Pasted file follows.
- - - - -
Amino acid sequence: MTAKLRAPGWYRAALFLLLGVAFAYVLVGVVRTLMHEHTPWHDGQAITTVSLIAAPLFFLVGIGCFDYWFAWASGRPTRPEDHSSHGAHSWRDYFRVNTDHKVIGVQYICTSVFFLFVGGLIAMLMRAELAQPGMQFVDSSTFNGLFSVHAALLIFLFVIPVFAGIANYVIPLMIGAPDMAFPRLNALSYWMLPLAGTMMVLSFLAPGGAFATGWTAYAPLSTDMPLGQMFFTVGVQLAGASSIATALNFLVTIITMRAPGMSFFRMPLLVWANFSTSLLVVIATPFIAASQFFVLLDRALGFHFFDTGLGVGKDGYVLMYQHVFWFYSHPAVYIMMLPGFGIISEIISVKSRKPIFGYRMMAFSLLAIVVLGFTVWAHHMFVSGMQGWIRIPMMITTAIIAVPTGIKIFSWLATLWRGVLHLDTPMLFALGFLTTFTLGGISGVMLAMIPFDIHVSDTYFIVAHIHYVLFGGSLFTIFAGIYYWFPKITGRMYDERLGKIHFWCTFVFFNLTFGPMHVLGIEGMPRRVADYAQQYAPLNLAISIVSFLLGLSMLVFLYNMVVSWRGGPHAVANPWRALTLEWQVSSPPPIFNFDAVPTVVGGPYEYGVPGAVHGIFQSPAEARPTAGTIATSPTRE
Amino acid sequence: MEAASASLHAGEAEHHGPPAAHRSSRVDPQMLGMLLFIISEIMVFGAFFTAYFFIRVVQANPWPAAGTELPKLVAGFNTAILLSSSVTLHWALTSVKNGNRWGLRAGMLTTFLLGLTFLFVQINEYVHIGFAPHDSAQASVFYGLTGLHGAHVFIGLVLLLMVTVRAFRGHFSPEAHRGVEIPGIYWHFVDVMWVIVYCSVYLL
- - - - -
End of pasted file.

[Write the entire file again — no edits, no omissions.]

Amino acid sequence: MTAKLRAPGWYRAALFLLLGVAFAYVLVGVVRTLMHEHTPWHDGQAITTVSLIAAPLFFLVGIGCFDYWFAWASGRPTRPEDHSSHGAHSWRDYFRVNTDHKVIGVQYICTSVFFLFVGGLIAMLMRAELAQPGMQFVDSSTFNGLFSVHAALLIFLFVIPVFAGIANYVIPLMIGAPDMAFPRLNALSYWMLPLAGTMMVLSFLAPGGAFATGWTAYAPLSTDMPLGQMFFTVGVQLAGASSIATALNFLVTIITMRAPGMSFFRMPLLVWANFSTSLLVVIATPFIAASQFFVLLDRALGFHFFDTGLGVGKDGYVLMYQHVFWFYSHPAVYIMMLPGFGIISEIISVKSRKPIFGYRMMAFSLLAIVVLGFTVWAHHMFVSGMQGWIRIPMMITTAIIAVPTGIKIFSWLATLWRGVLHLDTPMLFALGFLTTFTLGGISGVMLAMIPFDIHVSDTYFIVAHIHYVLFGGSLFTIFAGIYYWFPKITGRMYDERLGKIHFWCTFVFFNLTFGPMHVLGIEGMPRRVADYAQQYAPLNLAISIVSFLLGLSMLVFLYNMVVSWRGGPHAVANPWRALTLEWQVSSPPPIFNFDAVPTVVGGPYEYGVPGAVHGIFQSPAEARPTAGTIATSPTRE
Amino acid sequence: MEAASASLHAGEAEHHGPPAAHRSSRVDPQMLGMLLFIISEIMVFGAFFTAYFFIRVVQANPWPAAGTELPKLVAGFNTAILLSSSVTLHWALTSVKNGNRWGLRAGMLTTFLLGLTFLFVQINEYVHIGFAPHDSAQASVFYGLTGLHGAHVFIGLVLLLMVTVRAFRGHFSPEAHRGVEIPGIYWHFVDVMWVIVYCSVYLL